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Articles on Alaska

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Washington state was home to some of the nation’s first dispensaries for legalized marijuana. AP Photo/Ted S. Warren

Legalizing recreational pot may have spurred economic activity in first 4 states to do so

Colorado, Washington, Alaska and Oregon all experienced big increases in both deposits and lending shortly after legalizing marijuana for recreational use.
The Denali Highway as it crosses the Susitna River. Joe Sohm/Visions of America/Universal Images Group via Getty Images

Infrastructure bill passed by Congress promises billions for bridge repair – rural Alaska shows the growing need as temperatures rise

Alaska is warming faster than any other U.S. state, and that’s causing problems, a team of bridge engineers and social scientists explains. The infrastructure bill in Congress would offer some help.
A helicopter drops water on a forest fire in Alaska. Michael Risinger/U.S. Army National Guard

As extreme fires transform Alaska’s boreal forest, deciduous trees put a brake on carbon loss and how fast the forest burns

A new study finds more deciduous trees like aspen are growing in after severe fires in the region, and that has some unexpected impacts.
Permafrost is thawing across the Arctic, releasing microbes and organic materials that have been trapped in the frozen ground for thousands of years. NOAA via Wikimedia Commons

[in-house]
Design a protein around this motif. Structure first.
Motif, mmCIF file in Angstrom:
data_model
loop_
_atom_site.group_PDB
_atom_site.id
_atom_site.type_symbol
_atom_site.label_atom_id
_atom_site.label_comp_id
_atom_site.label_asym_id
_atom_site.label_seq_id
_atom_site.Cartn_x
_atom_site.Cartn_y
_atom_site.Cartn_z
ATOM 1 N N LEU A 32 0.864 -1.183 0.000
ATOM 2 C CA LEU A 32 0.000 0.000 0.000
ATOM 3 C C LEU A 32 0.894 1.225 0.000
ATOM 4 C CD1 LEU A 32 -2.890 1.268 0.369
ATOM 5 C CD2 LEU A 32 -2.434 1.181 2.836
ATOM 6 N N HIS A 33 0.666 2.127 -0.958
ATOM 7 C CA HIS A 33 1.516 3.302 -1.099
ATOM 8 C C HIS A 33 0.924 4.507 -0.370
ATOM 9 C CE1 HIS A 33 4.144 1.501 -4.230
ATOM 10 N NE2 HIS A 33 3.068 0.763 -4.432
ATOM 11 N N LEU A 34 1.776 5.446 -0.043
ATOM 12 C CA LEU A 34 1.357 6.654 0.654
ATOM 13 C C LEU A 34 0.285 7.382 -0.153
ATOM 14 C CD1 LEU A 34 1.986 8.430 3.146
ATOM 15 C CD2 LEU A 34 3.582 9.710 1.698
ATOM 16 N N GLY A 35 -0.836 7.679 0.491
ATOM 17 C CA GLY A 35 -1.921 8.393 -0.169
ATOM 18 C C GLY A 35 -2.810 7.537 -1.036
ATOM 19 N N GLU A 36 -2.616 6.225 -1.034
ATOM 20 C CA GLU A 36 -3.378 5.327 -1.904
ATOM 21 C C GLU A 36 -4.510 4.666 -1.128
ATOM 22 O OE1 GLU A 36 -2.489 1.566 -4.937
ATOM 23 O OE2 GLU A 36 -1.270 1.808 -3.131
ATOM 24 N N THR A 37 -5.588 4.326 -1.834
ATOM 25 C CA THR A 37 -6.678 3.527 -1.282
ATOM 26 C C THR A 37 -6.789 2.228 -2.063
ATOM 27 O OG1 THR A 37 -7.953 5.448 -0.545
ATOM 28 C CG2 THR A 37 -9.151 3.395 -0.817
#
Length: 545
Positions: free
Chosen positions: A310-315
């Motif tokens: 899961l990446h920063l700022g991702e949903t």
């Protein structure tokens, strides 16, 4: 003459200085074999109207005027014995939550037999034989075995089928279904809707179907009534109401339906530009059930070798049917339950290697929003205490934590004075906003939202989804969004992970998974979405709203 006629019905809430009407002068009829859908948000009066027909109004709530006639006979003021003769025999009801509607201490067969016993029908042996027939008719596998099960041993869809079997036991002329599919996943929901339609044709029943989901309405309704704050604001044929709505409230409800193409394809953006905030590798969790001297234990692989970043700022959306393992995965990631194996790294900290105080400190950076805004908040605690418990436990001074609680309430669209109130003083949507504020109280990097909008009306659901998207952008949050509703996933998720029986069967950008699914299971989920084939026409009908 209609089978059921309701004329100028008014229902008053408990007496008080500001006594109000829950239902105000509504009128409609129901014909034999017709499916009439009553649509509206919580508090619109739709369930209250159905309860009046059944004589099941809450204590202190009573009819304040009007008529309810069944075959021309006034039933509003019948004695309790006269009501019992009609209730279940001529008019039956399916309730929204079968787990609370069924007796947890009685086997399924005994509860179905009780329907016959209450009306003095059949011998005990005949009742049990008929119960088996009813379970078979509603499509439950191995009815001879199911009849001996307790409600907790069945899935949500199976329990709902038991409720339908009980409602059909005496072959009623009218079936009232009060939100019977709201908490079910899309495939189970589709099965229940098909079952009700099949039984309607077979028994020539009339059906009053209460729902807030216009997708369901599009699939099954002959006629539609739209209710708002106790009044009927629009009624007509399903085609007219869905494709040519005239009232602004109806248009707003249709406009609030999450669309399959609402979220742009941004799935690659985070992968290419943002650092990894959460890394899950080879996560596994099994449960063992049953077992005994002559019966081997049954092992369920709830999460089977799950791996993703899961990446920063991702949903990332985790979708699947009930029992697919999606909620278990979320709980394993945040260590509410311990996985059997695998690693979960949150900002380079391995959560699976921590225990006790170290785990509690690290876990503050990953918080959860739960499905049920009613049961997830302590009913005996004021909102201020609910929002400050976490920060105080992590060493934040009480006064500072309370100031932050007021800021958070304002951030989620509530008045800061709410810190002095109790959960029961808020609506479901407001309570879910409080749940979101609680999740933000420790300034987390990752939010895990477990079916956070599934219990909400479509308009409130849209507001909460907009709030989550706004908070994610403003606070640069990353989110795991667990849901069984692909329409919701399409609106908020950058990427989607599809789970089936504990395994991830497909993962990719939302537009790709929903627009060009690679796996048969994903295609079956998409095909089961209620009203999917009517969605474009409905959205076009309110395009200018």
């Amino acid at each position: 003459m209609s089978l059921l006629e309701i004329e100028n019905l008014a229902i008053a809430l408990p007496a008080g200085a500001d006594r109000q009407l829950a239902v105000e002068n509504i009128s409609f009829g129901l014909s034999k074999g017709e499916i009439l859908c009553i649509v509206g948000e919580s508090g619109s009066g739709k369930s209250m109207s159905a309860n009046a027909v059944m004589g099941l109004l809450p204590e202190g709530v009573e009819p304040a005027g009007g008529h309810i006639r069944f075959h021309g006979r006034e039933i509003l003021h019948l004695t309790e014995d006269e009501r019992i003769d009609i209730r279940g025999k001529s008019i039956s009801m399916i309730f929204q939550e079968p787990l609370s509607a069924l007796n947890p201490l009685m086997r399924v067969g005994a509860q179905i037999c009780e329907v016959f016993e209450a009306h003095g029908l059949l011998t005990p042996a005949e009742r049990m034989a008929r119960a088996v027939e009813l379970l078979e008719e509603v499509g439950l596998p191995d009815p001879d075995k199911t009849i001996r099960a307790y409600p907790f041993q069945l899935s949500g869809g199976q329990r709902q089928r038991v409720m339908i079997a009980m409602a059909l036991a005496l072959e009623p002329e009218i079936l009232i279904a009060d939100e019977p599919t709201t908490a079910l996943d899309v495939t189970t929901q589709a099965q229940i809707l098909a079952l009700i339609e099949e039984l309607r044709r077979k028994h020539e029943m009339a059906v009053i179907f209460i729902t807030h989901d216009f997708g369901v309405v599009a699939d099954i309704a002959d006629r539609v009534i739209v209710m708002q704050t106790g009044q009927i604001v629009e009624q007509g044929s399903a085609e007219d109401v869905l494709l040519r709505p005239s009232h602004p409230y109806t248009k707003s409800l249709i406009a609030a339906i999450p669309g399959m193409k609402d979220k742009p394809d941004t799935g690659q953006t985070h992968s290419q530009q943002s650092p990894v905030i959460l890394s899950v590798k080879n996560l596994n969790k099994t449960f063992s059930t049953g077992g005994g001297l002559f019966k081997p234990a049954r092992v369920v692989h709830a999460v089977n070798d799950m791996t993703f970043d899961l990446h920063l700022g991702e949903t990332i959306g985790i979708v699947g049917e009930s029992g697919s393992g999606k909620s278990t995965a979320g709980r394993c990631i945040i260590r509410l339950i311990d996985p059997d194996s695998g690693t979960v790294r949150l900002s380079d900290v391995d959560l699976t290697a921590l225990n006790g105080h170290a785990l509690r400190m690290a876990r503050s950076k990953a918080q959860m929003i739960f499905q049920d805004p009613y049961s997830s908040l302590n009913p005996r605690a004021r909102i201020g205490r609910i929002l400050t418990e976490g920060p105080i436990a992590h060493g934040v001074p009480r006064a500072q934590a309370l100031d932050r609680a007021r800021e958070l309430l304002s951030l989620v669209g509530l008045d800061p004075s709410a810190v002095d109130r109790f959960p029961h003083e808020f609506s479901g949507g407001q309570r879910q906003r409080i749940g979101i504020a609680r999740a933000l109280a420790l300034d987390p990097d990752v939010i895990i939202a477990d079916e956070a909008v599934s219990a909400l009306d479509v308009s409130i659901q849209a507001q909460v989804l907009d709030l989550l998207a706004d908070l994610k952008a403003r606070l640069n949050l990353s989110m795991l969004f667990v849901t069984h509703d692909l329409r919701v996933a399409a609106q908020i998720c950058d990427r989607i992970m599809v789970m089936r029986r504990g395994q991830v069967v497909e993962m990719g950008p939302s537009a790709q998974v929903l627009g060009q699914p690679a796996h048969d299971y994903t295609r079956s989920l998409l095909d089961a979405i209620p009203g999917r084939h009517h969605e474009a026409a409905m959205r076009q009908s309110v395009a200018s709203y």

Thawing permafrost is full of ice-forming particles that could get into atmosphere

New research shows that permafrost contains huge amounts of particles that make it easier for cloud moisture to freeze. Thawing permafrost is releasing these ice-nucleating particles.
A surface coal mine in Gillette, Wyoming, photographed in 2008. Greg Goebel/Flickr

It’s time for states that grew rich from oil, gas and coal to figure out what’s next

The pandemic recession has reduced US energy demand, roiling budgets in states that are major fossil fuel producers. But politics and culture can impede efforts to look beyond oil, gas and coal.
This Arctic heat wave has been unusually long-lived. The darkest reds on this map of the Arctic are areas that were more than 14 degrees Fahrenheit warmer in the spring of 2020 compared to the recent 15-year average. Joshua Stevens/NASA Earth Observatory

100 degrees in Siberia? 5 ways the extreme Arctic heat wave followed a disturbing pattern

The Arctic is warming about twice as fast as the planet as a whole, with serious consequences. Scientists have been warning about this for decades.
The January 2019 collapse of a dam in Brumadinho, Brazil, sent mining tailings and mud over the landscape for miles, destroying this bridge and killing 300 people. Andre Penner/AP

Mine waste dams threaten the environment, even when they don’t fail

Dams built to hold enormous quantities of toxic mining waste have a long history of spills. Decisions in the Pacific Northwest threaten three free-flowing rivers there.
Smoke from wildfires in Siberia drifts east toward Canada and the U.S. on July 30, 2019. NASA

Huge wildfires in the Arctic and far North send a planetary warning

A researcher based in Fairbanks, Alaska, links 2019’s record-breaking wildfires in far northern regions of the world to climate change, and describes what it’s like as zones near her city burn.

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